In designing the whole thing, I'd put more emphasis on the search engine friendliness than user friendliness. In the end, I think you want the search engine traffic far more than you need to provide users with the ability to search your data with an attractive interface. So, in designing the starting page to all of this, I'd have a list of plain links to these plain roster pages, and be sure to use method="post" for the search <form> to prevent Google from trying to crawl those sorted list pages. It would also be a good idea to include the list of links to the roster pages on another page, like an HTML sitemap page if you have one. Good luck!
    Rick Trethewey

  3. #3
    Custom User Title entrecon's Avatar
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    In terms of a "vanity" search you will also want to make sure you include "qualifying" words peppered throughout the site. The big one is the city where the troop is. If you have someone with a common name, they will usually add other words in to make sure they find the results about them. Depending on your area, other qualifying words might be the name of a High school or camp.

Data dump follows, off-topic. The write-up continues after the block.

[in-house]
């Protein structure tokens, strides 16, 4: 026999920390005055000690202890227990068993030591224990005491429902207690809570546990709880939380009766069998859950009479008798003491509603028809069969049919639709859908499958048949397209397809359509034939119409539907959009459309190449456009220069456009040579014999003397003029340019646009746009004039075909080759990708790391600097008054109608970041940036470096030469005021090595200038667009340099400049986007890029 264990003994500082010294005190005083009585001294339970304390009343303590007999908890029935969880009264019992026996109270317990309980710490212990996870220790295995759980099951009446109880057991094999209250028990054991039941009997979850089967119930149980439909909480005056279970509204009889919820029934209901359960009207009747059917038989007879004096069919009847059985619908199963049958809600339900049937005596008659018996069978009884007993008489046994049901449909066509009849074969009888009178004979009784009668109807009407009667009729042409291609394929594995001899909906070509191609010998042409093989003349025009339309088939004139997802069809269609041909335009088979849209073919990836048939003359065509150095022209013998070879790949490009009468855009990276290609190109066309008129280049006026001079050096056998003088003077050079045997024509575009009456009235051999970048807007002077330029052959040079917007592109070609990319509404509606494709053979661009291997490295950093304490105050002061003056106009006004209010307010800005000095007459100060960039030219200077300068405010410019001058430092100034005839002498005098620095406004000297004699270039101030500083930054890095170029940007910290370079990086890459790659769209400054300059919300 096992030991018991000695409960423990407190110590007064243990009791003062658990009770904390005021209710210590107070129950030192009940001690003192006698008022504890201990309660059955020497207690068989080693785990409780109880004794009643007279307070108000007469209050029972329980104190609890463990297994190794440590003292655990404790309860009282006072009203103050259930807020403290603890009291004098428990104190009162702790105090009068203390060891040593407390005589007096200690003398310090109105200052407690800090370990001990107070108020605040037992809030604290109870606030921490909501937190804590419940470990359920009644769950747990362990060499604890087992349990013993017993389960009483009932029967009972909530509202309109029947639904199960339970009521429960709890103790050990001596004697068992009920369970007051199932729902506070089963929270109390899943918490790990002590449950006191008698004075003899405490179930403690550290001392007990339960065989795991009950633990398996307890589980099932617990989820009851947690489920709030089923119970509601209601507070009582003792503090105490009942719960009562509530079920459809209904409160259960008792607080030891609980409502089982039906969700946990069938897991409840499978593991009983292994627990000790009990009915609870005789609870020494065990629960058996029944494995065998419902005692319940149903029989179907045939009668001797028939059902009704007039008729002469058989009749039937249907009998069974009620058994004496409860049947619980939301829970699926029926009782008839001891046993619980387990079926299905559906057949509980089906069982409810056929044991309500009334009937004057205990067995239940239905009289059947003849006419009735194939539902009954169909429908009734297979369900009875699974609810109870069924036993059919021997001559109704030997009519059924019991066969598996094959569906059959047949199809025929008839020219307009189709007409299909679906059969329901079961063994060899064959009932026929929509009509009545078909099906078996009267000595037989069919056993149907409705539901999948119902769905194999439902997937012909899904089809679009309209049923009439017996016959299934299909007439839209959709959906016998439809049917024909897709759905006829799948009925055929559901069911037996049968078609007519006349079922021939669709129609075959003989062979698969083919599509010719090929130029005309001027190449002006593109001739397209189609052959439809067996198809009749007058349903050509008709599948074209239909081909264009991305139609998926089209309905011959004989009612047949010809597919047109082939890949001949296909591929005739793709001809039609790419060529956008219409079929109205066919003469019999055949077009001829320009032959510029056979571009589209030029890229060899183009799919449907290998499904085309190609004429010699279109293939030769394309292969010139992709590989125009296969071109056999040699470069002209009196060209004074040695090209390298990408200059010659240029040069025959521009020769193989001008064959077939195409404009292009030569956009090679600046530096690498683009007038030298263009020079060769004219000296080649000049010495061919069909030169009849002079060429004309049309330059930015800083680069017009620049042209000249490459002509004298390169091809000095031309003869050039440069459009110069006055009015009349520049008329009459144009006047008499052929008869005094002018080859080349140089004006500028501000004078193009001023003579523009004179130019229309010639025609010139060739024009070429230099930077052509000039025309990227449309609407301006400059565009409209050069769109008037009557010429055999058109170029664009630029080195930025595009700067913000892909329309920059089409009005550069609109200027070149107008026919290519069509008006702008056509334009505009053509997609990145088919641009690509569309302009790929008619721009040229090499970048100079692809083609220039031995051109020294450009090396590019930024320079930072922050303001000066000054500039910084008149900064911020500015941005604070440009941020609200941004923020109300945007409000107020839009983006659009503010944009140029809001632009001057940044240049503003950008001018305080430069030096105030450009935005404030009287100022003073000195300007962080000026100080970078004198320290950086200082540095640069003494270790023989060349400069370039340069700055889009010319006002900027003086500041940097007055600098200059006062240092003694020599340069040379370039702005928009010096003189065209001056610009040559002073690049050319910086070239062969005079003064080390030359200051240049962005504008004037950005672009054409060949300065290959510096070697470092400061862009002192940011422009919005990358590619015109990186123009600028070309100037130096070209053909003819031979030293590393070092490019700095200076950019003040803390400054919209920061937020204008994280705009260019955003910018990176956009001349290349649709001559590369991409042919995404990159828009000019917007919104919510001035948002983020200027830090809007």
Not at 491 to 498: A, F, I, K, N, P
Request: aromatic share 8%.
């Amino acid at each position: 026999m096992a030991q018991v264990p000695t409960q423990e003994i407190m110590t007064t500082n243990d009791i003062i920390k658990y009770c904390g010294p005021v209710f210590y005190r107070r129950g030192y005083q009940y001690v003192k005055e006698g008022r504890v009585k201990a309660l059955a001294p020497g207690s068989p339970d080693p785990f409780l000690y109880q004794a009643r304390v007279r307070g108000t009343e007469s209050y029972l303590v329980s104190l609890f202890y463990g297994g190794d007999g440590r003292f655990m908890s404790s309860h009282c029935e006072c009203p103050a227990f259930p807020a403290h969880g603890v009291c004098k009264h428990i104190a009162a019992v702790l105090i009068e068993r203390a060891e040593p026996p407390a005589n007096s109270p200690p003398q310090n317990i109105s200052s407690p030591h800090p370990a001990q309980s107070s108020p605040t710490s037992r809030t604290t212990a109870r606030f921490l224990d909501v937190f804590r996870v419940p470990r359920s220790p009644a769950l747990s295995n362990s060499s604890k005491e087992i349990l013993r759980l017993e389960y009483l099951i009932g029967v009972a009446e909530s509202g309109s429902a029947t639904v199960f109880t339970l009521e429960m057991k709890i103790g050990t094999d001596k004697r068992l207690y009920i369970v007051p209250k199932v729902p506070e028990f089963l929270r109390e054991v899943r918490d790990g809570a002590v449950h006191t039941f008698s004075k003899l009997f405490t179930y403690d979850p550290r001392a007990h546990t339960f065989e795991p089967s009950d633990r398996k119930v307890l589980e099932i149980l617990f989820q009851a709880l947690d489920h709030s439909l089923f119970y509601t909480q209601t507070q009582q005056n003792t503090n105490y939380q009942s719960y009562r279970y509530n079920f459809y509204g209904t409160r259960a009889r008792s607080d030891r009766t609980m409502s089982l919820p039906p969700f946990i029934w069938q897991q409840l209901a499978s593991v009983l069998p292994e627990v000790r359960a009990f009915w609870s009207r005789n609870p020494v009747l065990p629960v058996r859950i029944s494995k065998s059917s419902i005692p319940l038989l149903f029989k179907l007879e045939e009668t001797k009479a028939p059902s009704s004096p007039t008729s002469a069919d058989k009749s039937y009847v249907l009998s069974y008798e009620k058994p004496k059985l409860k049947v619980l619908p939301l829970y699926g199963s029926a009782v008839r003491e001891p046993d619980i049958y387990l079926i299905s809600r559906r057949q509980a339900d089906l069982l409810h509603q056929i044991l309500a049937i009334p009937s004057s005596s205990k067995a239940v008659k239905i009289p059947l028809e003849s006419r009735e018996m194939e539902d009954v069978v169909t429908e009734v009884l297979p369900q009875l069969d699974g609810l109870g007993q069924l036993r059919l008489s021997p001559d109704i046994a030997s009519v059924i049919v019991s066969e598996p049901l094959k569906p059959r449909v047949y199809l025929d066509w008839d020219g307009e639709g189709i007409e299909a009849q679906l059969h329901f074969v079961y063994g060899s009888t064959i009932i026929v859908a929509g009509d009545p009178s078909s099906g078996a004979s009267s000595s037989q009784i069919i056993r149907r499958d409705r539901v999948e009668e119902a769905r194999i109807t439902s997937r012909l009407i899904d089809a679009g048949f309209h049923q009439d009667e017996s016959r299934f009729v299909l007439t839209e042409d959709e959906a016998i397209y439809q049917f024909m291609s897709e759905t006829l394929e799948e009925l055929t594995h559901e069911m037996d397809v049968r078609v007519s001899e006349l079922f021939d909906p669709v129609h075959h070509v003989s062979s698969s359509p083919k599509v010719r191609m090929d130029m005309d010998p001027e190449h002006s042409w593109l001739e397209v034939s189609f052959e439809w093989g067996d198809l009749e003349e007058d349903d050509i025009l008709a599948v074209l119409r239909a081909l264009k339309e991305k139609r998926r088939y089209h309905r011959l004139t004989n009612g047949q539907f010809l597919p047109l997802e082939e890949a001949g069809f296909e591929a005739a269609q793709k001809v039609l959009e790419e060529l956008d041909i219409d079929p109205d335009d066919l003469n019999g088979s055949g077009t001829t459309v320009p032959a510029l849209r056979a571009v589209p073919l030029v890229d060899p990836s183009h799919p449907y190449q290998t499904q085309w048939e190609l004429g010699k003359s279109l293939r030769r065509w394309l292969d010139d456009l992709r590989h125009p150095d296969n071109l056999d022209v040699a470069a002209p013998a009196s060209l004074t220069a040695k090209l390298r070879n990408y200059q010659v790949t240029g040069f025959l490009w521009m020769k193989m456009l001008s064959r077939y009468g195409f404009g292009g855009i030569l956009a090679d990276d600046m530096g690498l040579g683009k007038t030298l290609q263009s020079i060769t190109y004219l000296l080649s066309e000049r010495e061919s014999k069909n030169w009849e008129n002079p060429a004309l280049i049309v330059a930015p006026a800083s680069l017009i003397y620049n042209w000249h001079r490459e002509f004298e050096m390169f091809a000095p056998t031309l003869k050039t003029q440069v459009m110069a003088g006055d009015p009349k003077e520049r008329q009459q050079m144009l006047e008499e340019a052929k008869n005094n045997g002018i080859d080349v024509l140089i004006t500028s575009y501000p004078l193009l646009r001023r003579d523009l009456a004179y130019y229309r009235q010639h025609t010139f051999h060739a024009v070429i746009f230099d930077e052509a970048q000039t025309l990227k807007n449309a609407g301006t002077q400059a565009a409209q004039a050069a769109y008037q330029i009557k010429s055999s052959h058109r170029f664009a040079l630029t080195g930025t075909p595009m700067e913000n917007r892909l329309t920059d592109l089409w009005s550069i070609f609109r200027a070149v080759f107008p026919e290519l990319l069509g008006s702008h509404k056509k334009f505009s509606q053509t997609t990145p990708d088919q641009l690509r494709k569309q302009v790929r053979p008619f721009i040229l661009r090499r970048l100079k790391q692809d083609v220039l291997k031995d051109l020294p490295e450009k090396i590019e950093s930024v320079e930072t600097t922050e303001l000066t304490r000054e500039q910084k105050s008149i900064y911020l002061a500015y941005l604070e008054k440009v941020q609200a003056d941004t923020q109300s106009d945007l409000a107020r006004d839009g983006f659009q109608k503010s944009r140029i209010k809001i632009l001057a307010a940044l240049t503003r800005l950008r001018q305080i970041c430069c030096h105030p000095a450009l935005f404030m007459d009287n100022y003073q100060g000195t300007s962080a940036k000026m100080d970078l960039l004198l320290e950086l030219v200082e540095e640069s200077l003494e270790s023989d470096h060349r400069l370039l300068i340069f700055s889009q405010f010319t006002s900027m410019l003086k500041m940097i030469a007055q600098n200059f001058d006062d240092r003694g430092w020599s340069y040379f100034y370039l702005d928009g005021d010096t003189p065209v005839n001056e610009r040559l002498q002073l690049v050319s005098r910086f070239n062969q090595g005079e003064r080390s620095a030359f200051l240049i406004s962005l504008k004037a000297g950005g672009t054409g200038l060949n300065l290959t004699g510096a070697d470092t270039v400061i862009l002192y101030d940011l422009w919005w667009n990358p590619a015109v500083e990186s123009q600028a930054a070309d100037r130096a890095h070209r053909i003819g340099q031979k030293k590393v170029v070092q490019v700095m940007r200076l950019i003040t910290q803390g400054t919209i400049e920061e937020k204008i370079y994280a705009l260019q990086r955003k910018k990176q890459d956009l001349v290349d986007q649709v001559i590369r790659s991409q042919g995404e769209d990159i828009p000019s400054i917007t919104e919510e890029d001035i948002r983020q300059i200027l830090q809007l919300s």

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  4. #4
    Thinkin' out loud again Builder's Avatar
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    Aaach... I know that plain HTML links are best for search engines, and kinda knew that would be the answer to my query. I was hoping to avoid having a huge list of plain text links. One thought I'd toyed with was some sort of cascading list (either JS or CSS), e.g.:
    By Joining Year:
    >>>>1960s:
    >>>>>>>>1964
    >>>>>>>>1965
    >>>>>>>>[etc.]
    >>>>1970s:
    >>>>1980s:
    >>>>[etc.]

    I also know that the links to all those pages won't be immediately visible on the page, so other than perhaps being "prettier", it gets me no search engine gain over plain ol' dropdown lists.

    Perhaps a compromise is in order. Plain HTML for my alphabetical lists which contain all 500+ names, and then some other method for more esoteric, so-to-speak, sorts. I must ponder...

    Once again, Rick, you provide astute advice that I should have remembered but didn't. My title tags do have most of the information you suggest, but I neglected to include meeting places (we've had 3 over the years). It will be easy enough to add that information to the database and then pull it for display in the title tag. Those title tags are also built dynamically (somewhat) by what the user wants to see. Joining year shows up if they click on 1975 for example. I think I will also add a "boilerplate" City to that on your excellent advice.